Vol.3, No.2, 106-109 (2011) Health
Copyright © 2011 SciRes. Openly accessi ble at http://www.scirp.org/journal/HEALTH/
Psycho-medical aspects on migrants’ he alth of III˚ world
pedi atric surgical patients
Andreas Fet t e1, 2*, Kurosh Paya2, Istvan Szilard1
1 Medical School, University of Pécs, H ungary
2National Research Center of Maternal and Child H ealth, Astana, Kazachstan; *Correspon ding A uthor: andreas. fett e@ gmx.de
Received 27 January 2011; revised 15 February 2011; accepted 21 February 2011
The constantly expanding world wide mobility
and globalization within the pediatric commu-
nity puts new demands on pediatric surgical
health care systems worldwide, forcing carers
to pay attention not only on their best surgical
and medical performance like in the past. In
contrary, they are forced to pay much more at-
tention on psycho-medical aspects like finance,
rehabilitation, socialization and integration,
culture, management and logistics, health edu-
cation and language skills. Then, according to
our opinion the se as pects shoul d be c onsi dered
as Post Traumatic Stress Disorder (PTSD)-like
syndrome and treated accordingly. Then han-
dling this problem successfully, would be es-
sential for the future survival of any health care
Keywords: Developing World Children Health Care;
Psycho -M ed ic al Aspec ts; Pediatric Surgery
Our constantly expanding world wide mobility and
globalization within the pediatric community starts put-
ting new demands on pediatric surgical health care sys-
tems. It mainly happens in those in I˚ World Countries,
due to the common assumption that their economy and
systems are still po werful and well developed enough t o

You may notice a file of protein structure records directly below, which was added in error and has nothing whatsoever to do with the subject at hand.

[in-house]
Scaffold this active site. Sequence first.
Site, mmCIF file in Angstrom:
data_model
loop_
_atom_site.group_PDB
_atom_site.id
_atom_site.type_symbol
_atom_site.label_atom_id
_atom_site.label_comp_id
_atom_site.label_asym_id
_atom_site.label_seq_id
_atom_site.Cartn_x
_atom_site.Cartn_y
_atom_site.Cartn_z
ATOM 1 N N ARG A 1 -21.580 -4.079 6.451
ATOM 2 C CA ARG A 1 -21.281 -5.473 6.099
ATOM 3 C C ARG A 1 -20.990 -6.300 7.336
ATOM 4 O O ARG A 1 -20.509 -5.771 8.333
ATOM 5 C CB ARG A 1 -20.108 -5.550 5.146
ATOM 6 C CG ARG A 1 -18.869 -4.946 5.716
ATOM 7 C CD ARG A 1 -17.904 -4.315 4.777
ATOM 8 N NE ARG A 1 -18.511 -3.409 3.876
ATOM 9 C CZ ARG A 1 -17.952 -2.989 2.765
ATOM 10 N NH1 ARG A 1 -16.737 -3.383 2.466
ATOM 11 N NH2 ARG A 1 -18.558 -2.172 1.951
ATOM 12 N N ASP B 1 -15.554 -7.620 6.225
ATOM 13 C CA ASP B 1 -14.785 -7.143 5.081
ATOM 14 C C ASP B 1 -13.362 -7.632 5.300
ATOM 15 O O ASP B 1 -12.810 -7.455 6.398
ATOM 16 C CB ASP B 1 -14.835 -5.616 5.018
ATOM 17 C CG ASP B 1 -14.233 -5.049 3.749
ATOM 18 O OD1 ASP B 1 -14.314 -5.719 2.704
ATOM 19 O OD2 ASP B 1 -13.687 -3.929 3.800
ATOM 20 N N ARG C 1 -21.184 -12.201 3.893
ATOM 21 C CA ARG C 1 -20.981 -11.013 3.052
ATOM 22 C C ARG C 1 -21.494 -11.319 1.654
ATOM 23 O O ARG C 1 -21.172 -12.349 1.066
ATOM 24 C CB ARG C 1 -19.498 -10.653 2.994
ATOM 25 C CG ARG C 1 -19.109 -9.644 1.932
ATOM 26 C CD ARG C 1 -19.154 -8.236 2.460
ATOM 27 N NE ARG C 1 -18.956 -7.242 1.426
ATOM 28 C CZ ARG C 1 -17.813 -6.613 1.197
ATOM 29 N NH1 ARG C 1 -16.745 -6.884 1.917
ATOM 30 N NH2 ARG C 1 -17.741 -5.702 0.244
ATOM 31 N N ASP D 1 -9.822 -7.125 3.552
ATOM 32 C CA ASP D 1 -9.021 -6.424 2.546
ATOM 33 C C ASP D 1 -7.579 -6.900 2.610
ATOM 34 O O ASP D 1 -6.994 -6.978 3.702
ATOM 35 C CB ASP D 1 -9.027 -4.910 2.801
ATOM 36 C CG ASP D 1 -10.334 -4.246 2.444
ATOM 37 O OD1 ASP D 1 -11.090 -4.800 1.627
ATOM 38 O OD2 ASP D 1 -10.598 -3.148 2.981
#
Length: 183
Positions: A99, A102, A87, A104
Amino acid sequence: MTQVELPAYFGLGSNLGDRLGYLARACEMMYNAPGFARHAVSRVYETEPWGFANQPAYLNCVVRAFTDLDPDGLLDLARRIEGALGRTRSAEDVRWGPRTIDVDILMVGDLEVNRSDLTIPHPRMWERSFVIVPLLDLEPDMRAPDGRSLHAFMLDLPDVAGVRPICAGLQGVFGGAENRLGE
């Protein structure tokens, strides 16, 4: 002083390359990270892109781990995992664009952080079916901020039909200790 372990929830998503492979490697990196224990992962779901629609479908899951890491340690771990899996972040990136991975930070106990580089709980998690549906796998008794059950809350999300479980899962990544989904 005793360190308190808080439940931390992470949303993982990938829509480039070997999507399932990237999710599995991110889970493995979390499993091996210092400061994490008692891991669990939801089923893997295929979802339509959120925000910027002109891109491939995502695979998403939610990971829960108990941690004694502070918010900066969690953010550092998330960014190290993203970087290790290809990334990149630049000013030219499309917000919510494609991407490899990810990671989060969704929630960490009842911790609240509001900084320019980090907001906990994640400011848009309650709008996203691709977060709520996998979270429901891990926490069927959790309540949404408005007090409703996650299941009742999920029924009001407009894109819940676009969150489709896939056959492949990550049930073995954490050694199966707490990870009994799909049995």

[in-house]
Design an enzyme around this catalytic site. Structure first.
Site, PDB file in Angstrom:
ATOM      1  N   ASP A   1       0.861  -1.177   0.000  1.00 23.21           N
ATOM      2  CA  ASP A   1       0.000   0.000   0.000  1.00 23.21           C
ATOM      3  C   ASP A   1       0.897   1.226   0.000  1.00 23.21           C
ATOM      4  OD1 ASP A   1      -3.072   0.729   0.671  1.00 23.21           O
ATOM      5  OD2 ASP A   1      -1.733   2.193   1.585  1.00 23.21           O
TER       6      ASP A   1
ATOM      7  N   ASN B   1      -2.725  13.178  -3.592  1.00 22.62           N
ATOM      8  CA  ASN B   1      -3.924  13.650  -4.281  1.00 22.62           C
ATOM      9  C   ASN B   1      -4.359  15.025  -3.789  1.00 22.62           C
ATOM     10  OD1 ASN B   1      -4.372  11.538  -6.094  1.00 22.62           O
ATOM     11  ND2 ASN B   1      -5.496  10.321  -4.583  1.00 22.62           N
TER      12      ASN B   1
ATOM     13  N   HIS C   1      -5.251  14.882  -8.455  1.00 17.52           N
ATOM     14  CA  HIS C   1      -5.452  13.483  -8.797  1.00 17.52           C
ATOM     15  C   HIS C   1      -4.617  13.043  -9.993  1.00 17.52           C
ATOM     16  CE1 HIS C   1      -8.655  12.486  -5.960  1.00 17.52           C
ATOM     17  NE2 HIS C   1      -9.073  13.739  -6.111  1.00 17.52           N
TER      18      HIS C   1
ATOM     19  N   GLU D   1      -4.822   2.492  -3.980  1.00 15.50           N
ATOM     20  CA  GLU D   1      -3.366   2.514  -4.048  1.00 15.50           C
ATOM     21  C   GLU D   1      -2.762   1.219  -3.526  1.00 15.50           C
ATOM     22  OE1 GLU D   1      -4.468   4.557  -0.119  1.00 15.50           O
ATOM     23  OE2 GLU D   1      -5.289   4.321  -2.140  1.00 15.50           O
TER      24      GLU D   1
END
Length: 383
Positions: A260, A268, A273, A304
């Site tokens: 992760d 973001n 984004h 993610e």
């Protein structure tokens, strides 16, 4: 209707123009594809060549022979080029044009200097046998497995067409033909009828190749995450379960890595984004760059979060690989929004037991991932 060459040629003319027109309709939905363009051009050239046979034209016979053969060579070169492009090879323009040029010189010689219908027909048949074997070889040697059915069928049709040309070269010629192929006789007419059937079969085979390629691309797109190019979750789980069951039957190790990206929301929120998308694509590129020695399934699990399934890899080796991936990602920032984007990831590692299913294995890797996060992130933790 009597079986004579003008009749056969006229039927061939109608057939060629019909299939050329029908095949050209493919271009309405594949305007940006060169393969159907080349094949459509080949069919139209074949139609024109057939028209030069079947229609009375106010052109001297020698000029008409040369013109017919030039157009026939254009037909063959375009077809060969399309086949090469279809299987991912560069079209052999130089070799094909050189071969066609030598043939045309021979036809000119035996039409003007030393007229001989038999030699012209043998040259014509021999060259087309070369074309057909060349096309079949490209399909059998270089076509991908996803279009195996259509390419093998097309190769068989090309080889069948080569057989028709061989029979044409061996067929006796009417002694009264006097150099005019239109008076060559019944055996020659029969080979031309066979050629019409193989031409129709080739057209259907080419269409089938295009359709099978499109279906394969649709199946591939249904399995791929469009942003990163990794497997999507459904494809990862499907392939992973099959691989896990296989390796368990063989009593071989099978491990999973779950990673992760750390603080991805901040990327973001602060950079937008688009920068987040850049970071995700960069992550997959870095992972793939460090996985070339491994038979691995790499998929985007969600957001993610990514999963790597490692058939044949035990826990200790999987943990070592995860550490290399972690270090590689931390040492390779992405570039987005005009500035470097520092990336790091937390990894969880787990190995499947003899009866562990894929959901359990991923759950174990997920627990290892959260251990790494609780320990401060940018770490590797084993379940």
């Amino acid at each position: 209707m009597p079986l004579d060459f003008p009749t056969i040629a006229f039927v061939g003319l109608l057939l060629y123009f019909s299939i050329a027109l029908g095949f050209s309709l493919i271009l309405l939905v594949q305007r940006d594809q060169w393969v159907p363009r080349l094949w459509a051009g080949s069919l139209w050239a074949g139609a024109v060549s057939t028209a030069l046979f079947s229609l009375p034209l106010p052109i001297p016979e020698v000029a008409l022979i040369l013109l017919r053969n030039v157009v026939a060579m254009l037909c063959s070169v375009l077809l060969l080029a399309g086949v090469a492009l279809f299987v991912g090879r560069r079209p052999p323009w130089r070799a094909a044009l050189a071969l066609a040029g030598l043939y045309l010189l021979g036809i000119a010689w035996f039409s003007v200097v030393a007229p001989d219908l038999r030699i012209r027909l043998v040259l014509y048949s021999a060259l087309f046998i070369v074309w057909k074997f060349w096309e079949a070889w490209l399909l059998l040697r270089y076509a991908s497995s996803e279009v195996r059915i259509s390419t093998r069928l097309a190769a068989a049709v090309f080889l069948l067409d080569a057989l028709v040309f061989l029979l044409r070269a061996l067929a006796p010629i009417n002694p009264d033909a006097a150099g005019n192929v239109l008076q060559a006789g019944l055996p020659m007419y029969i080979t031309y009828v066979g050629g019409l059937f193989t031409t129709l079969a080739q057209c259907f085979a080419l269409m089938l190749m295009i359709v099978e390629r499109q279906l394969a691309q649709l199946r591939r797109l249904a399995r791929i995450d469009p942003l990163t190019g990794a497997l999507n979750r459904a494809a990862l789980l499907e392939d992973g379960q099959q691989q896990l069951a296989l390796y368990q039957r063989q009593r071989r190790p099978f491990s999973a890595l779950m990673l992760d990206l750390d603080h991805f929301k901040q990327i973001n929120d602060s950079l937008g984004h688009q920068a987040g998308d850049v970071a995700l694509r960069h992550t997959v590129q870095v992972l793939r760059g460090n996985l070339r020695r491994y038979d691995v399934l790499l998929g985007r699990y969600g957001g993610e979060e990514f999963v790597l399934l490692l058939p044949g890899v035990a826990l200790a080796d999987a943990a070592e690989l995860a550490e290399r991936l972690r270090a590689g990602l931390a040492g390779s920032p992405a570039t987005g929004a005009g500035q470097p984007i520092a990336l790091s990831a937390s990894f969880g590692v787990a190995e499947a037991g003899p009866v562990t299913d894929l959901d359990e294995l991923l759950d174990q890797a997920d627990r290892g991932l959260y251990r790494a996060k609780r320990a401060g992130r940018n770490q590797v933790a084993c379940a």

tackl e s uc h i ss ues . And , it is b ecause of the never getting
silent public voice insisting on the I˚ World Countries
obligation for humanitarian aid in any case. Forcing us
carers to pay future attention not only on our best s urgi-
cal and medical performance like we did in the past,
quite contrary, forcing us even more to pay attention on
other i mporta nt asp e c ts like:
Therefore, this short communication is rather based on
large statistics and basic science than on short case sto-
ries of strong characters like III˚ Wor ld Co untr y children,
who have been treated by or in a I˚ World Country insti-
tution after their severe homeland accidents.
2.1. Finance
In any health care system of the world financing is of
key importance. In general, health care is usually fi-
nanced by charity, sponsoring and voluntee rism or by
grants from hospita l foundations operatin g either private
or clerical. Or, in the most traditional way by health in-
surance companies, national or international active, op-
erated b y the gover nment or pr ivate o r even i n co mbina-
tion. Western children usually do not have to worry
about any health care issue at all, since their parents`
healt h in sura nce protects them well right fro m birth until
the end of their childhood. Even in complicated cases
like in this recently emigrated Kazach boy, suffering a
simple forearm fracture while visiting his homeland for
the first time. Initial local maltreatment caused conver-
sion of his simple fracture into a complicated one, how-
ever, he and his family could stop wor- ryi ng. The n, im-